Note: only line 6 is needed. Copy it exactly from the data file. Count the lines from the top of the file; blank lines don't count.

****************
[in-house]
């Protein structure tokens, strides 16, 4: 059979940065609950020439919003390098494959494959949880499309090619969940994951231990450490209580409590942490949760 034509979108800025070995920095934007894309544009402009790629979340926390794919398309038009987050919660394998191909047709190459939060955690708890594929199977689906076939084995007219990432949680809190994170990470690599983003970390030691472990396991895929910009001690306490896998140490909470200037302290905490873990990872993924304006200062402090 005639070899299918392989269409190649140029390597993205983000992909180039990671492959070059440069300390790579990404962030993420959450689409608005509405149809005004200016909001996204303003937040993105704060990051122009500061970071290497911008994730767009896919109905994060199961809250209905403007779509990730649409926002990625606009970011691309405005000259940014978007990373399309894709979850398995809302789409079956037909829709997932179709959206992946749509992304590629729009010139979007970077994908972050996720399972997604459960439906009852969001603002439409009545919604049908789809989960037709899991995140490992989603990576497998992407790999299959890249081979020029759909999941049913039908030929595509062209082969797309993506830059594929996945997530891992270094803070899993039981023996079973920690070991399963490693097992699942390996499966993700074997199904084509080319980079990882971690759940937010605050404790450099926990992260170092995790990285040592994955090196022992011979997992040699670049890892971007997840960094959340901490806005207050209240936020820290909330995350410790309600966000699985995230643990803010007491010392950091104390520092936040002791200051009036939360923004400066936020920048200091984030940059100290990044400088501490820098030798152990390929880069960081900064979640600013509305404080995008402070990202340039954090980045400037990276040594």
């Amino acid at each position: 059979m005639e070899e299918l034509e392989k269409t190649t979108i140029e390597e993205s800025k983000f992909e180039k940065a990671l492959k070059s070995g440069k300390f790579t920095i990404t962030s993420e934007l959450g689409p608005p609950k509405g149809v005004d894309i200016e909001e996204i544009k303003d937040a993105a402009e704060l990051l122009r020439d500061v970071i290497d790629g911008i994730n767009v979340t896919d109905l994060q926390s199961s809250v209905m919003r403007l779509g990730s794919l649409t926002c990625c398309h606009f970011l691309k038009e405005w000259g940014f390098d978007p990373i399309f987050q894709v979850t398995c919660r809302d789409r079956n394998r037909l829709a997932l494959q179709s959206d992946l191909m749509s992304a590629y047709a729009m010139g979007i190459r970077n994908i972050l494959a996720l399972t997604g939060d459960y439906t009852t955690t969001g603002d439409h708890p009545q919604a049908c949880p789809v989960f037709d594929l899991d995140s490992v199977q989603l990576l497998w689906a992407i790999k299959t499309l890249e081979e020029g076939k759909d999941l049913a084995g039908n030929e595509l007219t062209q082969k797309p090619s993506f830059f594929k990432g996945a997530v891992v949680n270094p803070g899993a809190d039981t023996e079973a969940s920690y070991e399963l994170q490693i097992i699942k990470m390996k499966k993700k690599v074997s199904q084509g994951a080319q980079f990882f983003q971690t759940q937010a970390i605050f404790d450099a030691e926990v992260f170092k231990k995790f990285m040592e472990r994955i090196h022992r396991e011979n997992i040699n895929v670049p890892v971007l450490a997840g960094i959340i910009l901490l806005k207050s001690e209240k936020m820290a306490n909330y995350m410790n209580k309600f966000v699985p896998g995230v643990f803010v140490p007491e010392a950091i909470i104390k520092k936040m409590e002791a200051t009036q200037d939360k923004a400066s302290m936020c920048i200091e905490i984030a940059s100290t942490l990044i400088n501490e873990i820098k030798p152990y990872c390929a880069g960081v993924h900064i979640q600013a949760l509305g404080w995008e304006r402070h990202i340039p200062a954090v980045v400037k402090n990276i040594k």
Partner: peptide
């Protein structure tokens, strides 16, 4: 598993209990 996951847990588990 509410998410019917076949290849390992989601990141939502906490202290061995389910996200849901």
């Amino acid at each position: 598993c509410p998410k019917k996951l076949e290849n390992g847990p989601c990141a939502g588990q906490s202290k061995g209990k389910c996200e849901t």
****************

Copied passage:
């Amino acid at each position: 598993c509410p998410k019917k996951l076949e290849n390992g847990p989601c990141a939502g588990q906490s202290k061995g209990k389910c996200e849901t």